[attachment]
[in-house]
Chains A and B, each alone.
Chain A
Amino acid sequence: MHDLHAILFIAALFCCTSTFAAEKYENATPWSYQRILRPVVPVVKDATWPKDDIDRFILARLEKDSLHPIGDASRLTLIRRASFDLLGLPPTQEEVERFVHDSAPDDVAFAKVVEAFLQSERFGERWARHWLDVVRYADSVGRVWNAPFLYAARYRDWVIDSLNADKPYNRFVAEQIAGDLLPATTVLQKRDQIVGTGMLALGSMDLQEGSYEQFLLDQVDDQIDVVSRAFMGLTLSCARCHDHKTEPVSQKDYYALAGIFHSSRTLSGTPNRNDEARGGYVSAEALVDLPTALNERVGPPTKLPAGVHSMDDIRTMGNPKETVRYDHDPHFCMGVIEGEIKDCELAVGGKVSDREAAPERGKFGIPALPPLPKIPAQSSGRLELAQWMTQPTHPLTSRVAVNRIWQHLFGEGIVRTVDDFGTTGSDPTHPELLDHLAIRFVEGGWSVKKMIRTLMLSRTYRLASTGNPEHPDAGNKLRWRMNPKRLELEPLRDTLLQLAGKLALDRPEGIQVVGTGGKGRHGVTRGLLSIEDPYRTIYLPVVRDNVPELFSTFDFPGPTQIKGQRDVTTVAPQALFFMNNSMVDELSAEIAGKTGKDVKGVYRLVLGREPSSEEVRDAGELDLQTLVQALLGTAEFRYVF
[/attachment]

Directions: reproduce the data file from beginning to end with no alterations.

[in-house]
Chains A and B, each alone.
Chain A
Amino acid sequence: MHDLHAILFIAALFCCTSTFAAEKYENATPWSYQRILRPVVPVVKDATWPKDDIDRFILARLEKDSLHPIGDASRLTLIRRASFDLLGLPPTQEEVERFVHDSAPDDVAFAKVVEAFLQSERFGERWARHWLDVVRYADSVGRVWNAPFLYAARYRDWVIDSLNADKPYNRFVAEQIAGDLLPATTVLQKRDQIVGTGMLALGSMDLQEGSYEQFLLDQVDDQIDVVSRAFMGLTLSCARCHDHKTEPVSQKDYYALAGIFHSSRTLSGTPNRNDEARGGYVSAEALVDLPTALNERVGPPTKLPAGVHSMDDIRTMGNPKETVRYDHDPHFCMGVIEGEIKDCELAVGGKVSDREAAPERGKFGIPALPPLPKIPAQSSGRLELAQWMTQPTHPLTSRVAVNRIWQHLFGEGIVRTVDDFGTTGSDPTHPELLDHLAIRFVEGGWSVKKMIRTLMLSRTYRLASTGNPEHPDAGNKLRWRMNPKRLELEPLRDTLLQLAGKLALDRPEGIQVVGTGGKGRHGVTRGLLSIEDPYRTIYLPVVRDNVPELFSTFDFPGPTQIKGQRDVTTVAPQALFFMNNSMVDELSAEIAGKTGKDVKGVYRLVLGREPSSEEVRDAGELDLQTLVQALLGTAEFRYVF